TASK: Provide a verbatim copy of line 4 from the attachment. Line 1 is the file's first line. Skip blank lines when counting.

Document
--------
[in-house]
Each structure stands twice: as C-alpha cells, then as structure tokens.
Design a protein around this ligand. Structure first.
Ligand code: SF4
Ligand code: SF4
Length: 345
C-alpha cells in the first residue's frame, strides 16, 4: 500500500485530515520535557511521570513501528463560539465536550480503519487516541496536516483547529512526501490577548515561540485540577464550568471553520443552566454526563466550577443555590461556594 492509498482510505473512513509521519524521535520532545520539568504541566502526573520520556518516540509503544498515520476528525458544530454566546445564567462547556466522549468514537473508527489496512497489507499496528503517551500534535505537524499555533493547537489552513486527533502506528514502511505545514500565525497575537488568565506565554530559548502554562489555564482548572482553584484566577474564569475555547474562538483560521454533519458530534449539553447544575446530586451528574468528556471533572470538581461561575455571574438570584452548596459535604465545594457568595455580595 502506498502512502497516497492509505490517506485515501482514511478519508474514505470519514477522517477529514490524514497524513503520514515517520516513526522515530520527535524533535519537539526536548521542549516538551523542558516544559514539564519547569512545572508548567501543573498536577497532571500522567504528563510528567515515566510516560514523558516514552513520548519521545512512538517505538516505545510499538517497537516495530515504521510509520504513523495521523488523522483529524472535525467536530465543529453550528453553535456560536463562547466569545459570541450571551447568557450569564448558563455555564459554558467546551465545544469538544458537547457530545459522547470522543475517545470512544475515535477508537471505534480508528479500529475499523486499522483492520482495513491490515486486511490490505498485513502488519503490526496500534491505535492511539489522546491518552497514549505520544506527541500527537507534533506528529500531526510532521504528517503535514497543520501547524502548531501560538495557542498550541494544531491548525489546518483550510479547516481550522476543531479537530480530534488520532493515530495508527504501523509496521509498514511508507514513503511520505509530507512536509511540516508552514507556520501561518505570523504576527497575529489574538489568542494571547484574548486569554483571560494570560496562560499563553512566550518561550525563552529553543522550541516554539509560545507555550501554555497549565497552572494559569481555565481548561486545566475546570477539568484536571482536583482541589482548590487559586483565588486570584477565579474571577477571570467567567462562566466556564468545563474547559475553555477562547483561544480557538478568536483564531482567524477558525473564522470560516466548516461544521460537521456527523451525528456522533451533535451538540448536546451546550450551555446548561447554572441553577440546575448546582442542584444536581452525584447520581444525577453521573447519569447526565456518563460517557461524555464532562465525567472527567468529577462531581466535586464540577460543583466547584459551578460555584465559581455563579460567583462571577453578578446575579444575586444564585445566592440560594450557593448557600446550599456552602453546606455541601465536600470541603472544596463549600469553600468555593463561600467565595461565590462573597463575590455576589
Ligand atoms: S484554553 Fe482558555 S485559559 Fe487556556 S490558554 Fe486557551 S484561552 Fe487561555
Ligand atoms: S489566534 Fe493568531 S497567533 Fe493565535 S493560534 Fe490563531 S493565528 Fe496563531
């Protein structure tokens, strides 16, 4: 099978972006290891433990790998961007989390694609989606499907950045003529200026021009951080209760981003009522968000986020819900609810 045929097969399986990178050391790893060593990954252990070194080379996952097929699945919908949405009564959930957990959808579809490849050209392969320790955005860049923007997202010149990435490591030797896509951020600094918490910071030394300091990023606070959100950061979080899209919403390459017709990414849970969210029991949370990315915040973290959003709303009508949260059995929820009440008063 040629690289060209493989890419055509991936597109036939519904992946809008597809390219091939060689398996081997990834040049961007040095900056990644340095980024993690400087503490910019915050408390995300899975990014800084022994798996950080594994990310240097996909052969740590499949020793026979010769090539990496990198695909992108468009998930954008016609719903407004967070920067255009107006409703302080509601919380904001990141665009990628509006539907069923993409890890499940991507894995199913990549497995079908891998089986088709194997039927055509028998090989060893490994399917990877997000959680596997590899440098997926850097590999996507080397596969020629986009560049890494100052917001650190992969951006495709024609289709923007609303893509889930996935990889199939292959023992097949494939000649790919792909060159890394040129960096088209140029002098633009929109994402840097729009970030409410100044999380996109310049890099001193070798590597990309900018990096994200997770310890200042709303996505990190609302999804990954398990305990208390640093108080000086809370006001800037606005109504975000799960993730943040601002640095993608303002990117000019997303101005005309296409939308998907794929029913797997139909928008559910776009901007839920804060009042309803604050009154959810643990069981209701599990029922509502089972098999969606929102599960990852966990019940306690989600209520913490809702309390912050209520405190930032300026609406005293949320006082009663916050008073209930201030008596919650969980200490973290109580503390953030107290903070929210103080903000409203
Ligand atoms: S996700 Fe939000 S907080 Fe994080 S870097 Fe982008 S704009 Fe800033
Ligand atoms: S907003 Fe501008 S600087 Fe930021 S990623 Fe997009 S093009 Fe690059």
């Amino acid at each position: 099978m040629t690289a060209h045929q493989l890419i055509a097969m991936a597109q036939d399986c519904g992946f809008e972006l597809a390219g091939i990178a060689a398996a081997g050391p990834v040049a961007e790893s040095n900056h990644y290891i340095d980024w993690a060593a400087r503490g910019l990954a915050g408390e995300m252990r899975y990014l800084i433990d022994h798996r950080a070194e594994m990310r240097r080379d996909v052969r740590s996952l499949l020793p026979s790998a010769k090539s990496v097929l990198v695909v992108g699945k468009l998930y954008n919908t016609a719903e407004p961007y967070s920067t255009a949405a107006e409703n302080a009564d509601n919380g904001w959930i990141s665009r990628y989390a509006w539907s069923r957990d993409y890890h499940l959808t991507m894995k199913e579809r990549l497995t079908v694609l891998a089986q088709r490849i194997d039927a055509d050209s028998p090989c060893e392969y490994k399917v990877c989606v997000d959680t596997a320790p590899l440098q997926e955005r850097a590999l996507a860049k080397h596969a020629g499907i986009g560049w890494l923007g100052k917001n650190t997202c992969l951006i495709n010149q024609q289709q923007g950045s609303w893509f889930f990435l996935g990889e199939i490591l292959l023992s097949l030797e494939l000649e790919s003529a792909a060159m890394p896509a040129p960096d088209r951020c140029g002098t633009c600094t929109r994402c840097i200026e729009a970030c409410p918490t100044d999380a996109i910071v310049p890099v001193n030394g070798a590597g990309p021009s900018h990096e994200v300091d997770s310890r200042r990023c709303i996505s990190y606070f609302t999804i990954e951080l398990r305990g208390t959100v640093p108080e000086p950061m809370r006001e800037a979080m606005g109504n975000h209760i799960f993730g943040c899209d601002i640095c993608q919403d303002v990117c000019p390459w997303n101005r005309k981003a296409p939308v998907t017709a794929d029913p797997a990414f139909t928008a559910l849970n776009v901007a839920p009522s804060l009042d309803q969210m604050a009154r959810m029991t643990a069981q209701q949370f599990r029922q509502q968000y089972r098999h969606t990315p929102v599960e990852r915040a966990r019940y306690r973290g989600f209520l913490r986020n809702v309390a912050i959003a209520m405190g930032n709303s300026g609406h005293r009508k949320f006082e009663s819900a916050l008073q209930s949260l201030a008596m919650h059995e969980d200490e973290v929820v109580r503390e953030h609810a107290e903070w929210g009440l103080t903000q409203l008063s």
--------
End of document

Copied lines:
Ligand code: SF4